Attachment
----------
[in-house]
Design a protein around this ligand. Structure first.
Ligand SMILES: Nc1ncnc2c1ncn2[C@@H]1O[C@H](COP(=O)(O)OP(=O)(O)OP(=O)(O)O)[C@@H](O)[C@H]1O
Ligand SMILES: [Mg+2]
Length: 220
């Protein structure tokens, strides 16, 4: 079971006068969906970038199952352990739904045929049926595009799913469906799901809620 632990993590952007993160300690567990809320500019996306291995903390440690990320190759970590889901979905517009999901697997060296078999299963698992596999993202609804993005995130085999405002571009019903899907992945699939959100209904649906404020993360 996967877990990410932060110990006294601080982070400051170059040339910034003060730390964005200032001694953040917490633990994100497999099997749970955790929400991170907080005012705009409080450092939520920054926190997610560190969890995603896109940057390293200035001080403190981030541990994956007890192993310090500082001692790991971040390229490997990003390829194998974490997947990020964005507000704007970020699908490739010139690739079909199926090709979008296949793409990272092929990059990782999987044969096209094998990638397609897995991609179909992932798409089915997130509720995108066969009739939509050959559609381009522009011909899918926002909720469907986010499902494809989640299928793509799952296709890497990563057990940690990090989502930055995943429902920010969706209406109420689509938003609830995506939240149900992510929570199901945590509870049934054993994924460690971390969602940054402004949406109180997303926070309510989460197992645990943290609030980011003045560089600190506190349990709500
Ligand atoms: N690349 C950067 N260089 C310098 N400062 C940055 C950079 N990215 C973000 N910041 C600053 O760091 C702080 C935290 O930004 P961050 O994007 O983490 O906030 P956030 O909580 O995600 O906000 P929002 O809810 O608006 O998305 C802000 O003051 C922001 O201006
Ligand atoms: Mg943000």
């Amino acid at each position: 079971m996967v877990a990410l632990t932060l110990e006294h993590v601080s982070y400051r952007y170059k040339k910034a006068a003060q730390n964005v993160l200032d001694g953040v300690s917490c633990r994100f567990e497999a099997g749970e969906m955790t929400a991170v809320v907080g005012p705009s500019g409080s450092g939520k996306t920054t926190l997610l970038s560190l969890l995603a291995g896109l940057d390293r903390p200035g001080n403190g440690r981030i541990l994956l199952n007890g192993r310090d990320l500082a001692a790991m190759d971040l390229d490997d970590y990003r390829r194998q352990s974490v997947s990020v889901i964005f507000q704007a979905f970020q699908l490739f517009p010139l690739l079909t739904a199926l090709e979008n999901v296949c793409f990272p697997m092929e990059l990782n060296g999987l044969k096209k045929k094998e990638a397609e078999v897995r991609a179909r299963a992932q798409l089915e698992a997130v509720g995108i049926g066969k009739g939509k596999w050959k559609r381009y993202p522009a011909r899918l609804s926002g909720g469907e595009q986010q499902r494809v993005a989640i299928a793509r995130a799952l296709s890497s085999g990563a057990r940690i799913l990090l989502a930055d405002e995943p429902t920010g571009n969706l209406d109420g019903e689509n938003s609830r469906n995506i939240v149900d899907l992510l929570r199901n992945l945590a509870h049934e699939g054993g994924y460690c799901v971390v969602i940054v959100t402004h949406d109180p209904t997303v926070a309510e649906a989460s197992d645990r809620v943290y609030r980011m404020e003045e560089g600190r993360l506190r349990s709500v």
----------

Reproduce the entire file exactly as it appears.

[in-house]
Design a protein around this ligand. Structure first.
Ligand SMILES: Nc1ncnc2c1ncn2[C@@H]1O[C@H](COP(=O)(O)OP(=O)(O)OP(=O)(O)O)[C@@H](O)[C@H]1O
Ligand SMILES: [Mg+2]
Length: 220
């Protein structure tokens, strides 16, 4: 079971006068969906970038199952352990739904045929049926595009799913469906799901809620 632990993590952007993160300690567990809320500019996306291995903390440690990320190759970590889901979905517009999901697997060296078999299963698992596999993202609804993005995130085999405002571009019903899907992945699939959100209904649906404020993360 996967877990990410932060110990006294601080982070400051170059040339910034003060730390964005200032001694953040917490633990994100497999099997749970955790929400991170907080005012705009409080450092939520920054926190997610560190969890995603896109940057390293200035001080403190981030541990994956007890192993310090500082001692790991971040390229490997990003390829194998974490997947990020964005507000704007970020699908490739010139690739079909199926090709979008296949793409990272092929990059990782999987044969096209094998990638397609897995991609179909992932798409089915997130509720995108066969009739939509050959559609381009522009011909899918926002909720469907986010499902494809989640299928793509799952296709890497990563057990940690990090989502930055995943429902920010969706209406109420689509938003609830995506939240149900992510929570199901945590509870049934054993994924460690971390969602940054402004949406109180997303926070309510989460197992645990943290609030980011003045560089600190506190349990709500
Ligand atoms: N690349 C950067 N260089 C310098 N400062 C940055 C950079 N990215 C973000 N910041 C600053 O760091 C702080 C935290 O930004 P961050 O994007 O983490 O906030 P956030 O909580 O995600 O906000 P929002 O809810 O608006 O998305 C802000 O003051 C922001 O201006
Ligand atoms: Mg943000």
């Amino acid at each position: 079971m996967v877990a990410l632990t932060l110990e006294h993590v601080s982070y400051r952007y170059k040339k910034a006068a003060q730390n964005v993160l200032d001694g953040v300690s917490c633990r994100f567990e497999a099997g749970e969906m955790t929400a991170v809320v907080g005012p705009s500019g409080s450092g939520k996306t920054t926190l997610l970038s560190l969890l995603a291995g896109l940057d390293r903390p200035g001080n403190g440690r981030i541990l994956l199952n007890g192993r310090d990320l500082a001692a790991m190759d971040l390229d490997d970590y990003r390829r194998q352990s974490v997947s990020v889901i964005f507000q704007a979905f970020q699908l490739f517009p010139l690739l079909t739904a199926l090709e979008n999901v296949c793409f990272p697997m092929e990059l990782n060296g999987l044969k096209k045929k094998e990638a397609e078999v897995r991609a179909r299963a992932q798409l089915e698992a997130v509720g995108i049926g066969k009739g939509k596999w050959k559609r381009y993202p522009a011909r899918l609804s926002g909720g469907e595009q986010q499902r494809v993005a989640i299928a793509r995130a799952l296709s890497s085999g990563a057990r940690i799913l990090l989502a930055d405002e995943p429902t920010g571009n969706l209406d109420g019903e689509n938003s609830r469906n995506i939240v149900d899907l992510l929570r199901n992945l945590a509870h049934e699939g054993g994924y460690c799901v971390v969602i940054v959100t402004h949406d109180p209904t997303v926070a309510e649906a989460s197992d645990r809620v943290y609030r980011m404020e003045e560089g600190r993360l506190r349990s709500v």